Posts Tagged ‘cricket’

British politics is like cricket – a big score isn’t enough, you have to actually beat the opposition

11/07/2017, 08:32:43 AM

by John Wall

In cricket you not only have to win but also beat the opposition.

The teams walk out, one is such a hot favourite that when they win the toss and decide to bat many think it’s all over. The ball is hit all around the ground and the score mounts. There is a declaration and the other side bats. Things continue badly, they’re quickly skittled out and the follow-on enforced. Then the pendulum swings the other way, batsmen get dug in and the match is drawn.

Despite a large number of runs and some very good individual performances it’s remembered as an inconclusive stalemate, the captain is blamed and replaced – sound familiar?

This is the vote achieved by the first party in the last ten general elections:

Major (1992): 14,093,007

Thatcher (1987): 13,760,935

Thatcher (1979): 13,697,923

May (2017): 13,636,690

Blair (1997): 13,518,167

Thatcher (1983): 13,012,316

Cameron (2015): 11,299,959

Blair (2001): 10,724,953

Cameron (2010): 10,703,754

Blair (2005): 9,552,436

This is the percentage share:

Thatcher (1979): 43.9%

Blair (1997): 43.2%

Thatcher (1983): 42.4%

May (2017): 42.3%

Thatcher (1987): 42.2%

Major (1992): 41.9%

Blair (2001): 40.7%

Cameron (2015): 36.8%

Cameron (2010): 36.1%

Blair (2005): 35.2%

This isn’t rejection of May and her manifesto, she increased the Conservative vote by 2.3 million and 5.5%, and also got 56 more seats than Corbyn.

May’s problem – back to cricket – is that although she “won”, she didn’t “beat” the opposition sufficiently as can be seen by looking at second party percentage shares:

Corbyn (2017): 40.0%

Callaghan (1979): 36,9%

Kinnock (1992): 34.4%

Howard (2005): 32.4%

Hague (2001): 31.7%

Kinnock (1987): 30.8%

Major (1997): 30.7%

Miliband (2015): 30.4%

Brown (2010): 29.0%

Foot (1983): 27.6%

This was largely because the minor parties were squeezed. In 2015 they secured about a third of the vote, but only a sixth in 2017. About 2/3 transferred to Labour and 1/3 to the Conservatives. There was also an age divide, the young voted Labour and the old Conservative.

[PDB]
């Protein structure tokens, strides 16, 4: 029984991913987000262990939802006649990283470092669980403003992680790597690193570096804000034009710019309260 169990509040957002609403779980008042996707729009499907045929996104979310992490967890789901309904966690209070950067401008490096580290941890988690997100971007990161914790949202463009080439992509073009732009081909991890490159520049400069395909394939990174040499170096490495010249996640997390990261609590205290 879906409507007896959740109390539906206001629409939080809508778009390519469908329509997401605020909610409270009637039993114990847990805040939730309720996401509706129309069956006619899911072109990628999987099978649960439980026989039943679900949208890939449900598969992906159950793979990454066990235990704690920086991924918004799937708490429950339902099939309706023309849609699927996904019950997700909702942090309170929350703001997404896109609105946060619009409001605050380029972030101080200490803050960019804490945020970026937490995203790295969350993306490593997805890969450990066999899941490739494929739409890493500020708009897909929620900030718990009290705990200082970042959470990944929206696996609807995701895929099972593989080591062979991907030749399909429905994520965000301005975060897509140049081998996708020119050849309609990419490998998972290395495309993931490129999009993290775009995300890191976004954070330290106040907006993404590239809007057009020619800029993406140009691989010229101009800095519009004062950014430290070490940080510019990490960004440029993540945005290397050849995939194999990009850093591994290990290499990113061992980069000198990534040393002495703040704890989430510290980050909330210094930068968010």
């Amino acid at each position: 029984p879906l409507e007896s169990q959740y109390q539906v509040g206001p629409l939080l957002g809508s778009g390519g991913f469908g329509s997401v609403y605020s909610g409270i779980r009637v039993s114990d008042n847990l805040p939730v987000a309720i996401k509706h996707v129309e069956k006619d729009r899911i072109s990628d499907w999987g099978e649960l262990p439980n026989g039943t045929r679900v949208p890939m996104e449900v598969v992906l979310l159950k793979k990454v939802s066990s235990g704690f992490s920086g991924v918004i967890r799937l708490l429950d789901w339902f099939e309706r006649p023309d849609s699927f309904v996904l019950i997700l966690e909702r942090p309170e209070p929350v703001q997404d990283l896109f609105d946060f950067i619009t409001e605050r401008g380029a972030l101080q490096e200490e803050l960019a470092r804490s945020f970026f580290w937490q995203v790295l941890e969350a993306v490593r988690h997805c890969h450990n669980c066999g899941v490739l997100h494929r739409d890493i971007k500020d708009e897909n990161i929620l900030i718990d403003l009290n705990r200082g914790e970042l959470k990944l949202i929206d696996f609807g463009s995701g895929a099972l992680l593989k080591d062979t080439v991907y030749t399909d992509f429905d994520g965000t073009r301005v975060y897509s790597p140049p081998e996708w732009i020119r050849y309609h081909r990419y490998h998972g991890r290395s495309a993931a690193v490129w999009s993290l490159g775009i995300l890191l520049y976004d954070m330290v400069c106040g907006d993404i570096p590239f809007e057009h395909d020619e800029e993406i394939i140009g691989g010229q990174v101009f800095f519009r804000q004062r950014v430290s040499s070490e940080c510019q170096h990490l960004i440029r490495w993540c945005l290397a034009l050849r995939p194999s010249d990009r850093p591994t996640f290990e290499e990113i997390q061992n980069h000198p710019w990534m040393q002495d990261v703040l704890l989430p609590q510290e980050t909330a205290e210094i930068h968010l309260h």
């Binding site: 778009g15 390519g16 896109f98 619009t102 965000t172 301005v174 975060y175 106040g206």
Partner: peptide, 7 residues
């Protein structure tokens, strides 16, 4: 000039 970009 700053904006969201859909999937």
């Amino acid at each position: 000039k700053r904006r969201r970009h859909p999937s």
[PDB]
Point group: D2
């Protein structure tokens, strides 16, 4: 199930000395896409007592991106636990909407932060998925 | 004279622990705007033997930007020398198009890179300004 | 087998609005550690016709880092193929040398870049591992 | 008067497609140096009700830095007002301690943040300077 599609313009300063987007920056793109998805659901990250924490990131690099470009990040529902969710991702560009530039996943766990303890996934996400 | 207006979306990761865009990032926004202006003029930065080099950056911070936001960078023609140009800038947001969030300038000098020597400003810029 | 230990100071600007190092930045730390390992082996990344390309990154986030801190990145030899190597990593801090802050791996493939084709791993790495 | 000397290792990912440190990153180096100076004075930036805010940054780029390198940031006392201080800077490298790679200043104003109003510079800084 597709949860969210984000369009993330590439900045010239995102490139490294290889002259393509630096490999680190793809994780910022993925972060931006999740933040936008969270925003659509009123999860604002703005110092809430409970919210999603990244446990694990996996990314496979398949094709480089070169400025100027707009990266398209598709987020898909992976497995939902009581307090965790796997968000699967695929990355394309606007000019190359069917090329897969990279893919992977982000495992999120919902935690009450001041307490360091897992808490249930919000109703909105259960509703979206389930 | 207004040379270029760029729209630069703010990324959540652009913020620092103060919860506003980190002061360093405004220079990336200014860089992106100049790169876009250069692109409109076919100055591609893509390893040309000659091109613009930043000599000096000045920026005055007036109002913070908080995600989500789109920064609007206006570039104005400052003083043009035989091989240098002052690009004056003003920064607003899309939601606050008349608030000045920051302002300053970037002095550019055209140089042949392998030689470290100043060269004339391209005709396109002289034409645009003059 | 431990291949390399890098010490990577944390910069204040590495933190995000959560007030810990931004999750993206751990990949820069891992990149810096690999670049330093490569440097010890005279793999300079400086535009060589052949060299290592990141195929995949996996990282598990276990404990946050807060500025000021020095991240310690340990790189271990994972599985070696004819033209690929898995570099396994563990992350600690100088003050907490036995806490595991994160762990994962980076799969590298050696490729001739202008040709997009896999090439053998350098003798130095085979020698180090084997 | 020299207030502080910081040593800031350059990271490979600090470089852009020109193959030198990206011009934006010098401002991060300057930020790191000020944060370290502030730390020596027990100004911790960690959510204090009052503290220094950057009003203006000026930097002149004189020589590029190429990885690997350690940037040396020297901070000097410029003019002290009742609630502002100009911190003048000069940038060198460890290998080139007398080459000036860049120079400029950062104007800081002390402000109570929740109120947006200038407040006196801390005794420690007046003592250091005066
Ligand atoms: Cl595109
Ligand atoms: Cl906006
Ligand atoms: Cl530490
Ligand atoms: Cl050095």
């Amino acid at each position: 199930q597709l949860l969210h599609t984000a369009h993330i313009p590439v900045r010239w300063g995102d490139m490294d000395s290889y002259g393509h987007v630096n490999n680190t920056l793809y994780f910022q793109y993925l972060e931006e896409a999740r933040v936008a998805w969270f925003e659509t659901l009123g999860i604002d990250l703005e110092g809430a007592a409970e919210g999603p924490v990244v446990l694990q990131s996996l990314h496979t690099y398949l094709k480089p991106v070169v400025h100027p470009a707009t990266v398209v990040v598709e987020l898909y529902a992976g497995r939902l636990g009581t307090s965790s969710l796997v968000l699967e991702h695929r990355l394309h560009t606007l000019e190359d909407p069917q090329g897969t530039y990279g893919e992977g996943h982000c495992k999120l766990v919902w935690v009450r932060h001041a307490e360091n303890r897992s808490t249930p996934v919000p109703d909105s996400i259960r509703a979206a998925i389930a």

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There is not a single place in the British isles that is more purely English than Lord’s cricket ground

28/07/2011, 12:00:21 PM

by Dan Hodges

On Monday I failed the cricket test. I fought it. Tried to wrap myself in a warm cloak of English patriotism, but I couldn’t. Sachin Tendulkar tore it from shoulders.

We are constantly lectured that we must make a stark choice. Cold, multicultural separatism. Or dull and oppressive social conformity.

But no one told the 28,000 people who crammed into Lord’s to watch the climax of the hundredth test match between England and India. Just getting into the ground produced a sense of elation. We 28,000 were the fortunate few. Outside, the queues that had begun forming at 2.00 am snaked for almost a mile. To be part of a cricket match. A supposedly dying pastime, a sport naïvely out of touch with the tensions and demands of modern society.

Some queued for their share of history; the Little Master’s last jog down the pavilion steps. Some in the hope of witnessing England reclaim ascendancy of the game they introduced  to the world, then relinquished. Others to see India, now the best team on the planet, turn back the would-be usurpers.

But it didn’t really matter. No passports were required. No one here would be asked to pledge allegiance to faith, or flag.

There is not a single place in the British isles that is more purely English than Lord’s cricket ground. In fact it is not a place, but an ethos. Fair play. Grace under pressure. Healthy competition. Individual  excellence. Collective brilliance. Those politicians who seek to define Englishness would do well to put down their speeches about “British jobs for British workers” and “muscular liberalism” and take a quiet stroll through the Long Room.

Not that Lords has always been welcoming. Far from being a level playing field, the pitch slopes alarmingly from left to right. The members who sit on the old pavilion, and have finally deigned to admit women to their ranks, have been known to obscure the ball as it leaves the bowlers hand, making it difficult for a new or inexperienced  batsman to defend himself.


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On the eve of greatness, a memento mori for English cricket

02/01/2011, 01:25:06 PM

by Dan Hodges

A few years ago, Kevin Pietersen nearly killed me. It wasn’t personal. I was looking for my sandwich; he was looking to hook Brett Lee into row 20 of the Peter May stand at the Oval. I didn’t find my sandwich, but he found the stand.

Two seats to the right, and I would have been a tragic footnote to England’s historic 2005 Ashes triumph. I sometimes wonder if there would have been a moment’s silence for me in Trafalgar Square; a poignant pause before Vic Flowers led Andrew Flintoff in a drunken rendition of Jerusalem. Knowing Vic and Freddie, probably not.

Tonight, England’s cricketers take to the field for the most important cricket match since that fateful, near fatal, day. “What madness is this”, goes the cry. “The cricketing Rubicon was successfully forded a week ago, in Melbourne. We saw the cheers, the tears, the cream of English youth dancing the sprinkler in front of delirious men dressed as Arthurian knights and Camilla Parker-Bowles”.

Wrong. The Ashes have not been won. Merely retained. (more…)

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